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by Jonathan T. Howe, Esq. | December 01, 2011
Takeaways

Thoroughly read and understand all agreements before submitting or signing them.

Work toward an agreement where both parties share in the risk and reward.

If you are presented with a form agreement, scrutinize it and be prepared to make changes to suit your needs.

Keep communication lines open with hotels and vendors at all times to avoid troubles that might be fixed quickly.

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It's that time of year again, when we go through the ritual of making resolutions that might last for at least -- well, let's not go there. Here, however, are some concrete suggestions on changes to make to your negotiating and contract practices.

Advice for All These resolutions are intended to apply to both the supplier and the planner, with differing degrees of applicability.

1. "I will read any contract and proposal from front to back and thoroughly understand it before I submit it or sign it." Too many times we get the excuse, "Gee, I did not know it was in the contract." If it was in there when you signed, you're going to have to pay the price.

2. "If it's important to the success and integrity of the event, I will make sure it is in the agreement."
An incomplete contract is a self-inflicted wound. Don't assume an important element is covered. If it is important to the event or to your employer, make sure it is in the contract. If it is not there, it won't happen.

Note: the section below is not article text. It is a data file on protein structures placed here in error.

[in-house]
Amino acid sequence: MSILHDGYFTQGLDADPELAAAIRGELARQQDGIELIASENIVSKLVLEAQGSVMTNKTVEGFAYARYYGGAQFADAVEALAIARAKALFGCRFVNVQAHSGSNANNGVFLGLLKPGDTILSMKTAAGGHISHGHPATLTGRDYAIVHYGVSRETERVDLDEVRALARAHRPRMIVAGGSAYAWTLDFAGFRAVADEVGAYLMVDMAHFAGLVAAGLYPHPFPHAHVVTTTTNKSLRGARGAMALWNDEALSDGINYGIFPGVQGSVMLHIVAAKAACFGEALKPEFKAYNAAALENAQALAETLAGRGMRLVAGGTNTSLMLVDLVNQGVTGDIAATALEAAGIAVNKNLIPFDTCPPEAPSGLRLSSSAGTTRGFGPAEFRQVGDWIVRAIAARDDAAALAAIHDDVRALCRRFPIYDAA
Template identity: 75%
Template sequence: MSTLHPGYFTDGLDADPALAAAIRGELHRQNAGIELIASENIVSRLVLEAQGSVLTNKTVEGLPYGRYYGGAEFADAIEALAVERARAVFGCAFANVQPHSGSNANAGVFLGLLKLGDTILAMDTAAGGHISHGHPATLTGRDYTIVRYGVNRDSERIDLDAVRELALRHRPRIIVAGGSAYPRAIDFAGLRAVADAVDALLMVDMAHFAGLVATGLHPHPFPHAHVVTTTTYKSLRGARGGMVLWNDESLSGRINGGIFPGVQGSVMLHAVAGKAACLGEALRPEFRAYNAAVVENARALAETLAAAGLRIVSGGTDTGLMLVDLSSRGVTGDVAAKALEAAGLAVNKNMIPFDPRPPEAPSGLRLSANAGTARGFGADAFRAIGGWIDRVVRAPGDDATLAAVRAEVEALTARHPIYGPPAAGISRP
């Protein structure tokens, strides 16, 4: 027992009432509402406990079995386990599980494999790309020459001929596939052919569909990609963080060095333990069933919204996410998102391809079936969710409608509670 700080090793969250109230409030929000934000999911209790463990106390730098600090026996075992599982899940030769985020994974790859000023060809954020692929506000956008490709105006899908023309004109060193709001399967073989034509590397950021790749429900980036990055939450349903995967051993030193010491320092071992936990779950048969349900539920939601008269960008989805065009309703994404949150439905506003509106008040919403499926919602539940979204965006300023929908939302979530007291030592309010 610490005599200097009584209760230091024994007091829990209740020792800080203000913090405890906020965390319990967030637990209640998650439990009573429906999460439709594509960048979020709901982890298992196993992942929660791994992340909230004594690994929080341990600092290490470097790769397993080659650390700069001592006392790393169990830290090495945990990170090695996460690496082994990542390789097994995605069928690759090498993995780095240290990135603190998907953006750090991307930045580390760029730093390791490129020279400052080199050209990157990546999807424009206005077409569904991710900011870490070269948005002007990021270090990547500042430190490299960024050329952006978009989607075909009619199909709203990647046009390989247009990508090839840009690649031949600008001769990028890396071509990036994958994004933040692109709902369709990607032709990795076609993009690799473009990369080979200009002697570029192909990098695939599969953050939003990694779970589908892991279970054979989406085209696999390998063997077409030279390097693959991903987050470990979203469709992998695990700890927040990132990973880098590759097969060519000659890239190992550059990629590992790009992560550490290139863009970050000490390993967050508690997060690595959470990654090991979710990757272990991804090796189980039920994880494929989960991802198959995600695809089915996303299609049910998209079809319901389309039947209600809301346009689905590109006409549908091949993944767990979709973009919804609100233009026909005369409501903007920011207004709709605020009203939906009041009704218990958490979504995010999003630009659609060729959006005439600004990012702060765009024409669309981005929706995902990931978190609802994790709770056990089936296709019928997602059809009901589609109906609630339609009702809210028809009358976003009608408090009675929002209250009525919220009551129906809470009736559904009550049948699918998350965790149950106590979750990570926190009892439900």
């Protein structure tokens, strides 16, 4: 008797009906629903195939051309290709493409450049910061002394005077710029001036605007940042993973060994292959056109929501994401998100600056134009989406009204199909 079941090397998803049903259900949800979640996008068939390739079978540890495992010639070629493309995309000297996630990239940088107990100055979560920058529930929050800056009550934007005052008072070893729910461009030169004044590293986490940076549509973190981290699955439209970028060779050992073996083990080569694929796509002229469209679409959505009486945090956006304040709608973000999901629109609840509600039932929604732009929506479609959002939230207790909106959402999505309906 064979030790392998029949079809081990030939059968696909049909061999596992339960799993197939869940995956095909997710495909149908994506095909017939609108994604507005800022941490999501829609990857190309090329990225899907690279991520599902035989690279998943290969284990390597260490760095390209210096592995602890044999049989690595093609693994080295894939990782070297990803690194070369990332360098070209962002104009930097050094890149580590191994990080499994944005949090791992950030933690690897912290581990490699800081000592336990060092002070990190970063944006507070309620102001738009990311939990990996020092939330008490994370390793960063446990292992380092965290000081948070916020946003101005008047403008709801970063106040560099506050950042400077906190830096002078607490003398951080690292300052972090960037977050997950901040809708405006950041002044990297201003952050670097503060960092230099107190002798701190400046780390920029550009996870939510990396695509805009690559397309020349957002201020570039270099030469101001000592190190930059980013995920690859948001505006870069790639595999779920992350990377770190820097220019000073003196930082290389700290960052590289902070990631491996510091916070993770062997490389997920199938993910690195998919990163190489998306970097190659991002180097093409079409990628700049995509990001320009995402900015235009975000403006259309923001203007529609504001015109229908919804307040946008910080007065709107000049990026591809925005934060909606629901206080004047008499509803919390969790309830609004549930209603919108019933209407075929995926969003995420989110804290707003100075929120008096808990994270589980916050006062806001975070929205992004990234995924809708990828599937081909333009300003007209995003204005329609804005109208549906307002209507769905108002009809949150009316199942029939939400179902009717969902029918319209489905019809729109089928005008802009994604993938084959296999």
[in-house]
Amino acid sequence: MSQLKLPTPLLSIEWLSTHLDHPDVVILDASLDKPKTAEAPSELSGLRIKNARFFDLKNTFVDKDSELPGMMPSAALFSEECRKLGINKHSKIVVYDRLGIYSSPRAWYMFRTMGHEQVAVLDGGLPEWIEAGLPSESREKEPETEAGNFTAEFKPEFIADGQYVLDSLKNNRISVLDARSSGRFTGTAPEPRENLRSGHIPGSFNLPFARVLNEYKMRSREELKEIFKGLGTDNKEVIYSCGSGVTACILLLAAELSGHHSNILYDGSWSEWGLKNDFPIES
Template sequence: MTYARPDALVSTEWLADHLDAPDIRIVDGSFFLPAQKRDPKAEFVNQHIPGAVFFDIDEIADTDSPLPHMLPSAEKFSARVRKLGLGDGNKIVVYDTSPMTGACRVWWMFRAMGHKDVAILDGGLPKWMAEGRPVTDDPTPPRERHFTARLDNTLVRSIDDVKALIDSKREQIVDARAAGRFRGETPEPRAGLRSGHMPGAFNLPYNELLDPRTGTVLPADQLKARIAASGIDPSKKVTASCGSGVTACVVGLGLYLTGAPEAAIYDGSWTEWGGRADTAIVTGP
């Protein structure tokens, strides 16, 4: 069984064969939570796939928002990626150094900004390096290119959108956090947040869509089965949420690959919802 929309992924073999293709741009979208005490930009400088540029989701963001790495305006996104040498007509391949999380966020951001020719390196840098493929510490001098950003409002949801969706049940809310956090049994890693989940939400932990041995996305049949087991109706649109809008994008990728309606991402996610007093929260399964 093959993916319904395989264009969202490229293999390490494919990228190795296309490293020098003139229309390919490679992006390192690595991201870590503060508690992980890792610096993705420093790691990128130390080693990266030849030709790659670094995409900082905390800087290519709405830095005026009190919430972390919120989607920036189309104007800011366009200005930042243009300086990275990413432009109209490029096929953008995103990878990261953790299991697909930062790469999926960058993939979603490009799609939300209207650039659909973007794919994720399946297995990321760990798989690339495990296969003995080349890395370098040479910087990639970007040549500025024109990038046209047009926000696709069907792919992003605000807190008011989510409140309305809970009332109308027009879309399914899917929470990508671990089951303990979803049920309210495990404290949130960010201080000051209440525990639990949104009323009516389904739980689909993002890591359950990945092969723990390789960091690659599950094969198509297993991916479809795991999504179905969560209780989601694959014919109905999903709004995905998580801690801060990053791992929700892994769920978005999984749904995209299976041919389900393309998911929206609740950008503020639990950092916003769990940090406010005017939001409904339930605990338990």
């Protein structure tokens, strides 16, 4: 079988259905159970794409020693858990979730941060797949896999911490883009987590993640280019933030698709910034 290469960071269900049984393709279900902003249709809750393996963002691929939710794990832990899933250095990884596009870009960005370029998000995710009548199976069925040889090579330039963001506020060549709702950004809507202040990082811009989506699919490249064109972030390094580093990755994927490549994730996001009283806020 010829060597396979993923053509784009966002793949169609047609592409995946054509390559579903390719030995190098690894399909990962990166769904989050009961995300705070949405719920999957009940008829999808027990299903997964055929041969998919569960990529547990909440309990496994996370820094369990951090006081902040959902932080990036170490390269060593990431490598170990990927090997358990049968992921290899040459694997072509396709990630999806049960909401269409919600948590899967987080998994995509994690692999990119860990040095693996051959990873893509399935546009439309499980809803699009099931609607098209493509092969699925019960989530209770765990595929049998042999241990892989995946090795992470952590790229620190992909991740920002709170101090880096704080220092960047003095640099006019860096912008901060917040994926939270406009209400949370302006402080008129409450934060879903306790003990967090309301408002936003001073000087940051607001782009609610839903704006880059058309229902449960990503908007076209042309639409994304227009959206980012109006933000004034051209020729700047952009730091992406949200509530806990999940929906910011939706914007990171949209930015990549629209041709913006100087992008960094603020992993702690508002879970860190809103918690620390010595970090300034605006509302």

3. "I will not be afraid to say, 'I don't know.' " A lawyer is not needed for every negotiation or determination of the contract language, but if you see something you don't understand, don't be afraid to ask. And beware of buzzwords. What does "rack rate" really mean? What is a "first-class hotel"? Define them. And when you need help, be sure you contact a knowledgeable attorney. The old adage is true: A lawyer's best friend is the person who writes her own agreement.

4. "I will be civil." This is the hospitality industry, not the hostility industry. Too often there is a lack of politeness, respect and just basic civility. Negotiations should lead to the development of a partnership, not a misguided cry of "win/win" or "I have won it all." Work toward an agreement where both parties share in the risk and reward.

5. "I recognize that one form does not fit all." Further recognize that a "standard" form provided to you is designed to favor the party who wrote it. Don't be afraid to contest the form, and be sure that whatever agreement you sign reflects the entire bargain as mutually agreed to, not just what the original form began with.

6. "I will stay current." This industry changes minute by minute. Stay up-to-date with your own organization and with those vendors you are relying on to fulfill any agreement.

7. "I will stay in touch." When bad news happens, it might not be your fault, but I sure can blame you for not sharing it. Make sure there is a good communication channel between you and your clients/vendors. This helps, regardless of your position, to solve problems and move on.

8. "I will take every opportunity to assure the safety and security of my people as they travel to and attend my events or my property." Make it a point to meet with those who are responsible for security and safety, separate and apart from the sales discussions.

9. "I will increase my participation in my profession." Volunteer at and/or attend educational opportunities. You'll meet new friends, get new insights and support the health of the meetings industry.

10. "I will enjoy 2012." Happy New Year to all. May it the best one yet.